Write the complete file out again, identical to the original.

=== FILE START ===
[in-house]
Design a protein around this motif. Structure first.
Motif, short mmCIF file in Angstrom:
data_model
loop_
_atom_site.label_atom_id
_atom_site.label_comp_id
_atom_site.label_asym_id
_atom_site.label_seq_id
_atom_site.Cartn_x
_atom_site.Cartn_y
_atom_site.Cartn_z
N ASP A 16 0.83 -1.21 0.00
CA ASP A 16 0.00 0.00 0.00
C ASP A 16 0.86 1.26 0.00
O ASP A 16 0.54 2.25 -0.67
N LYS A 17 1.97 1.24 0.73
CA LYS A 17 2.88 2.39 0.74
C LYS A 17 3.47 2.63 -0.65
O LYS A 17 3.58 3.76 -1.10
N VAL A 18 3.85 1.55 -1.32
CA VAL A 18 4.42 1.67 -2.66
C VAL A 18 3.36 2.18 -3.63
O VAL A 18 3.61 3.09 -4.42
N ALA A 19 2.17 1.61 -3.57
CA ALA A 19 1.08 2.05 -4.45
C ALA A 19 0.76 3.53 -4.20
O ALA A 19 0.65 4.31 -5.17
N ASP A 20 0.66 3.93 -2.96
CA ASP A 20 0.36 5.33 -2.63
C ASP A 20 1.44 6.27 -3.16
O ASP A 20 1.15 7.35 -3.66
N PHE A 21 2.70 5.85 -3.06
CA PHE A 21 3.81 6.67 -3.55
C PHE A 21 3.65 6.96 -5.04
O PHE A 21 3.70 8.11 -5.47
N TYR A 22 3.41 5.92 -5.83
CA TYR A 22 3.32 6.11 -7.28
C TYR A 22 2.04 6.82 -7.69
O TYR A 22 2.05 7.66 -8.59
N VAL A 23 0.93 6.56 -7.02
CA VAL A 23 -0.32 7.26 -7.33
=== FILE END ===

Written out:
[in-house]
Design a protein around this motif. Structure first.
Motif, short mmCIF file in Angstrom:
data_model
loop_
_atom_site.label_atom_id
_atom_site.label_comp_id
_atom_site.label_asym_id
_atom_site.label_seq_id
_atom_site.Cartn_x
_atom_site.Cartn_y
_atom_site.Cartn_z
N ASP A 16 0.83 -1.21 0.00
CA ASP A 16 0.00 0.00 0.00
C ASP A 16 0.86 1.26 0.00
O ASP A 16 0.54 2.25 -0.67
N LYS A 17 1.97 1.24 0.73
CA LYS A 17 2.88 2.39 0.74
C LYS A 17 3.47 2.63 -0.65
O LYS A 17 3.58 3.76 -1.10
N VAL A 18 3.85 1.55 -1.32
CA VAL A 18 4.42 1.67 -2.66
C VAL A 18 3.36 2.18 -3.63
O VAL A 18 3.61 3.09 -4.42
N ALA A 19 2.17 1.61 -3.57
CA ALA A 19 1.08 2.05 -4.45
C ALA A 19 0.76 3.53 -4.20
O ALA A 19 0.65 4.31 -5.17
N ASP A 20 0.66 3.93 -2.96
CA ASP A 20 0.36 5.33 -2.63
C ASP A 20 1.44 6.27 -3.16
O ASP A 20 1.15 7.35 -3.66
N PHE A 21 2.70 5.85 -3.06
CA PHE A 21 3.81 6.67 -3.55
C PHE A 21 3.65 6.96 -5.04
O PHE A 21 3.70 8.11 -5.47
N TYR A 22 3.41 5.92 -5.83
CA TYR A 22 3.32 6.11 -7.28
C TYR A 22 2.04 6.82 -7.69
O TYR A 22 2.05 7.66 -8.59
N VAL A 23 0.93 6.56 -7.02
CA VAL A 23 -0.32 7.26 -7.33